Project Risk Management Using Qualitative Risk Analysis

Project Risk Management Using Qualitative Risk Analysis

Qualitative Risk Analysis can be one of the most effective ways to reduce project failure, schedule and budget overruns and just avoiding the shit that happens during the life of a project. Qualitative Risk Analysis offers an easy and effective way for businesses to improve their project risk management robustness without the need for heavy statistical analysis.

In a recent blog post I talked in general about the importance of project risk management in and listed several techniques that can be applied. This article outlines the process of qualitative risk analysis and shares a story where risk management saved one of my projects!

Importance Of Project Risk ManagementImage of the Qualitative Risk Analysis Process

It can be too easy to not do risk management, perhaps you believe there is plenty of float in the schedule or contingency in the budget for risks and that you will be able to manage them on the fly… Sound familiar?

Allow me to share a story of a real project where risk management saved me and the project from massive failure.

On a recent project with a hard deadline (our client had contractual dates tied to external investment) we had a significant risk occur, a port strike in China which could have impacted the schedule by at least 3 weeks.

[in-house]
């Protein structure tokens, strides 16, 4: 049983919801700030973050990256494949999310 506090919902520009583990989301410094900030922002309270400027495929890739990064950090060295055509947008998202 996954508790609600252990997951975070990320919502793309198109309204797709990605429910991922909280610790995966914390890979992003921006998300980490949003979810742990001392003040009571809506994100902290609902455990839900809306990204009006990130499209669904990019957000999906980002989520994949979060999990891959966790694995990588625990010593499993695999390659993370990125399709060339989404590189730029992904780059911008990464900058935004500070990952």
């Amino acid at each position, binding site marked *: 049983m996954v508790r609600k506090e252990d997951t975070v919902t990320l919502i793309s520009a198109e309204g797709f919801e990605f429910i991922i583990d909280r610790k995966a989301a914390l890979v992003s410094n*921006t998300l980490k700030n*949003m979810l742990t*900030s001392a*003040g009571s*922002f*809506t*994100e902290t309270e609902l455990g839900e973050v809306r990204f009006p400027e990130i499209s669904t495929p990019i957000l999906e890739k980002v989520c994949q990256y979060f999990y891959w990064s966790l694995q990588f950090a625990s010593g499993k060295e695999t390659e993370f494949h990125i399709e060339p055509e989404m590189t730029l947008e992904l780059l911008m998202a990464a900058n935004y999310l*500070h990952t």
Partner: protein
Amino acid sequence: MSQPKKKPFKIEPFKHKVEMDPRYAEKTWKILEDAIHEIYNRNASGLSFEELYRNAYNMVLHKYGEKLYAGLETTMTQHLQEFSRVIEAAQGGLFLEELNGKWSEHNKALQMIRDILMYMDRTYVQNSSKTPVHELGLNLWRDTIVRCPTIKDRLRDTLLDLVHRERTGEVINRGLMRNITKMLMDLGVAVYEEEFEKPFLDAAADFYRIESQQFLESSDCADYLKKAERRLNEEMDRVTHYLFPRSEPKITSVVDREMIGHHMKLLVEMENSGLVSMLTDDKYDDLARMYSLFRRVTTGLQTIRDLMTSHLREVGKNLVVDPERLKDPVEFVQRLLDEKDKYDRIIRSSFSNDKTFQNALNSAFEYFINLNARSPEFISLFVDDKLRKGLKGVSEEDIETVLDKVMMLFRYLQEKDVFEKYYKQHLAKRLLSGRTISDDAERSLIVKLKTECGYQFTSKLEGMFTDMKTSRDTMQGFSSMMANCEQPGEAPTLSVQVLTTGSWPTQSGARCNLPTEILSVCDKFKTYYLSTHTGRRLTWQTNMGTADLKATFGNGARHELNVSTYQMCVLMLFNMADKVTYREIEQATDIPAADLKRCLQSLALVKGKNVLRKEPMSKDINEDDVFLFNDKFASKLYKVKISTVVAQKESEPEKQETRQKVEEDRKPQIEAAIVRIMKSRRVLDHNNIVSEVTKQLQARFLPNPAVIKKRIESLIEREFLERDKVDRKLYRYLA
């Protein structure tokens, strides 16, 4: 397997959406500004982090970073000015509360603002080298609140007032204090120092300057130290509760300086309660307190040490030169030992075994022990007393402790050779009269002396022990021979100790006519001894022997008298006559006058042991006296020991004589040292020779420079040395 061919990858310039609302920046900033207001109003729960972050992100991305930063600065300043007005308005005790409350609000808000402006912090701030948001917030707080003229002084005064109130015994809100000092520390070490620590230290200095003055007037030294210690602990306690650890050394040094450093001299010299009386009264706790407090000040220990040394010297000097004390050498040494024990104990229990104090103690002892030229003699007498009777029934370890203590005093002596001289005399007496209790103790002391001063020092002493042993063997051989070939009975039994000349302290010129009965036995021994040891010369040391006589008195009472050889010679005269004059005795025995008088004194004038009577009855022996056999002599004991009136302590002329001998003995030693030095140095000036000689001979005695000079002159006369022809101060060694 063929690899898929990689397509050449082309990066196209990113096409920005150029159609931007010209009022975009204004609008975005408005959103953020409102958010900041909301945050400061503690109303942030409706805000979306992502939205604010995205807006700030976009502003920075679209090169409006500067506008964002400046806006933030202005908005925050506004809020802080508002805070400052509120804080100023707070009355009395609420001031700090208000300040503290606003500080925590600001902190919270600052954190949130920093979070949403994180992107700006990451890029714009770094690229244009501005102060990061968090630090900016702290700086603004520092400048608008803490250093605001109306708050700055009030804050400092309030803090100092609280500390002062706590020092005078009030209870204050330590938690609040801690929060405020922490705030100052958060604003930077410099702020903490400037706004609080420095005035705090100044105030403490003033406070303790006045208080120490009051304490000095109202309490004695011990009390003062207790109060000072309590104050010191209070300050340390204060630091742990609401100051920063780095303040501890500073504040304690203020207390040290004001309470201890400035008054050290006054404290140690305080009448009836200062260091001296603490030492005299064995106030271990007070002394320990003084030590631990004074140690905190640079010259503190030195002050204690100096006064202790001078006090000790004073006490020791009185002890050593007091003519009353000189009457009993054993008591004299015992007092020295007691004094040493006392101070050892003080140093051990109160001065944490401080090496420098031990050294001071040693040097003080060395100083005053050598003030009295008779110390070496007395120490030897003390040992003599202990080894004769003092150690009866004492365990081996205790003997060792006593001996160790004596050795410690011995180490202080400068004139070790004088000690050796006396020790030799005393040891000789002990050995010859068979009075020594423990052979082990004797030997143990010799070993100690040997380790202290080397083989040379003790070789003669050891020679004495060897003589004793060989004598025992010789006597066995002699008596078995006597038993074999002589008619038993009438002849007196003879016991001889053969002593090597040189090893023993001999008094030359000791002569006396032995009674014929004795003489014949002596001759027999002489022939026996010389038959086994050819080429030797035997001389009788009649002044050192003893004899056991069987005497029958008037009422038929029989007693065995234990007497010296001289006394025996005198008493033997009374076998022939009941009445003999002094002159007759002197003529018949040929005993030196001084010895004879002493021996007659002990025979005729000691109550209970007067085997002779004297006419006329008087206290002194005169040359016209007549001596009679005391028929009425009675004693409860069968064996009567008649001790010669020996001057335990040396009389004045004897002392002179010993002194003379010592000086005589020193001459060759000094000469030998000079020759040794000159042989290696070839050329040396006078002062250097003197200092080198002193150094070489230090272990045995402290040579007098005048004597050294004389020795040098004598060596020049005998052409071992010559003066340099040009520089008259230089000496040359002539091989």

Fortunately, by using a qualitative risk analysis process this and many other risks were identified and planned for. Due to the extreme impact of this particular risk the project was structured from the beginning to accommodate it.

Long story short, when the risk occurred and our client panicked, we were able to demonstrate that we had considered the risk and had a plan of action should it occur. Our client took great comfort knowing the risk had been mitigated and our response strategy was already underway.

As a Project Manager, it is great feeling when a risk does occur which you have already considered and have a plan in place to manage it. I will never forget the look on our clients faces, they looked at us like we must have been psychic!

Here is another risk management success story from Shim, these are classic examples of risk management going well and something we all hope for in our projects. But these could have been a completely different story had we not have included qualitative risk management in our process.

This is how we do it.

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Risk Management Need Not Be Difficult

For most, the term “risk management” or “risk analysis” sounds in itself complicated and lets face it, it can be a little daunting. But risk management does not need to be an over the top statistical analysis of probability and impact.

Qualitative risk analysis can make risk management much lighter, quicker and almost as effective as advanced quantitative risk analysis. I promise you, if you adopt these qualitative risk management techniques, you will have quite a robust project risk management system that can challenge the big players.